Both from The Guardian:
• The latest Labour pledge to abolish stamp duty for first-time buyers is not the policy it should adopt to help people to buy or rent their homes.
This latest subsidy proposal will push up house prices. History shows that all government subsidies ultimately capitalise into land value and go into the pockets of landowners. Enterprise zones, common agricultural policy payments, rate-free periods for new businesses, housing benefit payments for private tenants, wind farm subsidies – all have ended up as unintended subsidies for landowners paid for by all of us as taxpayers, with the poorest of people subsidising the richest.
It is shameful that politicians and their economic advisers do not understand how land wealth arises and how a shift in taxes off earned incomes on to land value and other natural resource wealth will not only right the historic wrong of our land being held by a minority but will return land wealth to the public purse to use to maintain and develop our public services.
Land value is not created from owning land. It is created from our public and private investments that benefit all residents and businesses in the immediate and wider areas and thus raise the rent and price of land which private landowners collect as an unearned income. Land speculation and monopoly land ownership is actually what makes homes unaffordable to rent or to buy.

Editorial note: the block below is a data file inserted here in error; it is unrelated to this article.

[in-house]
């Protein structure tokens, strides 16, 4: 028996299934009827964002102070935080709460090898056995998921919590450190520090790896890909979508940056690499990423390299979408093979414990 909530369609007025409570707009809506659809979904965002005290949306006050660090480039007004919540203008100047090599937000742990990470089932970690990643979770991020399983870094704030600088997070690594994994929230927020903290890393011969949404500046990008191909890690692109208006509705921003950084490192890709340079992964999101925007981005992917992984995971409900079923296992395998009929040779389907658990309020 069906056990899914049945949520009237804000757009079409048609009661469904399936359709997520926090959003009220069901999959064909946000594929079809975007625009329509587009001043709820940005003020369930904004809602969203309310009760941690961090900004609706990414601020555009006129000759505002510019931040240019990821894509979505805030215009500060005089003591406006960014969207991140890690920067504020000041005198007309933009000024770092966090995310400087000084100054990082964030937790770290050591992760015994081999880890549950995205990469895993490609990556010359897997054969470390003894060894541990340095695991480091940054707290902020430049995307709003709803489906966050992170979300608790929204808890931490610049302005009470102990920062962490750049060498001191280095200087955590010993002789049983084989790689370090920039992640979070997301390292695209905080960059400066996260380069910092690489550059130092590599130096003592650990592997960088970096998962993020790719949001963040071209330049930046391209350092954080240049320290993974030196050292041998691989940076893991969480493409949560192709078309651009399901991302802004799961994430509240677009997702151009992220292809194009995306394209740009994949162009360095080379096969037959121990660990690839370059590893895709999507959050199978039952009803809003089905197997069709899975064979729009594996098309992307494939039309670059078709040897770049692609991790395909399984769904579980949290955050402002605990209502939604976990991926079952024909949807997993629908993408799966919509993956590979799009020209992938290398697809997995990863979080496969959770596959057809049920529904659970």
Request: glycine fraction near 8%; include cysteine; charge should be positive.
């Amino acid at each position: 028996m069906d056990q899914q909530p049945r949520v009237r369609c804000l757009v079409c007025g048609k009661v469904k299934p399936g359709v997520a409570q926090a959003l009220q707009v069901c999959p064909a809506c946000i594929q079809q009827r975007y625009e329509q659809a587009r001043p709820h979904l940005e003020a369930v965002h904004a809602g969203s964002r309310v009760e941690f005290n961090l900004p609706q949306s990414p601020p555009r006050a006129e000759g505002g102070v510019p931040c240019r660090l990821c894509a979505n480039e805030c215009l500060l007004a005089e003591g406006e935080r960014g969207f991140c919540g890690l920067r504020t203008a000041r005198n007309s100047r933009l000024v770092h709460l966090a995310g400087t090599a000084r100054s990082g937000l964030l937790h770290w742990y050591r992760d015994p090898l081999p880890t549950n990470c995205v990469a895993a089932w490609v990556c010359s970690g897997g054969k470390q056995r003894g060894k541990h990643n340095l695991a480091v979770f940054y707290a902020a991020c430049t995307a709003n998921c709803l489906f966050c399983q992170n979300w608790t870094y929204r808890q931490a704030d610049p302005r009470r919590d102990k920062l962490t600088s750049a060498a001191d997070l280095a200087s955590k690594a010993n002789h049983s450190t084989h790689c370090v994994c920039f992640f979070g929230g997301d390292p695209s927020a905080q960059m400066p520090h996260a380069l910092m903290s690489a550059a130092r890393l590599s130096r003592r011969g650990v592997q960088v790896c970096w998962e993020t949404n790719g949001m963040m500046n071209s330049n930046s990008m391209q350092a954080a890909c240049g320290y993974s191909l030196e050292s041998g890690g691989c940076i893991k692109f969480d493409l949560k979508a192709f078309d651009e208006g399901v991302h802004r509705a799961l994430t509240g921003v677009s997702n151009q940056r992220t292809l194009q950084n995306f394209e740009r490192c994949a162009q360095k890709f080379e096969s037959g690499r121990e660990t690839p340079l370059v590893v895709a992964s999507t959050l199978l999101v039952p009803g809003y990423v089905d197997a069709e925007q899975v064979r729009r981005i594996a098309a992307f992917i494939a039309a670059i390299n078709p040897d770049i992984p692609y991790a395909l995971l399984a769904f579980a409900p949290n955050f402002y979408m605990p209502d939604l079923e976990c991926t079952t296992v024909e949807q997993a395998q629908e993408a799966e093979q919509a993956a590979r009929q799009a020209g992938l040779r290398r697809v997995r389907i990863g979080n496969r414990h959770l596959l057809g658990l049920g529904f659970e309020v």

Heather Wetzel, London.
• Contrary to your leader (Editorial, 28 April), we do not have a choice about our corrupt housing system, which degrades the whole economy by not allowing people to move where there’s work; or leave them enough to spend in the shops after the rent or mortgage has been paid. All the major parties subscribe to home ownerism, the name given by radical land taxers to the policy of deliberately encouraging house price inflation to secure elections by bribing homeowners with unearned capital gains in house prices (while wages can go hang).
There has already been something of a riot about house price inflation in Brixton. Only a return to an era like the 1950s to 1970s when the house price graph was flat in the UK can defuse a potentially revolutionary conflict between the interests of the housing haves and have nots.
As the cause of the evil of house-price inflation (so much worse than wage inflation) is land price inflation, it is merely a matter of introducing the age-old land value tax to keep land prices and house prices flat forever.
DBC Reed, Northampton.
Tuesday, 5 May 2015
Both from The Guardian:
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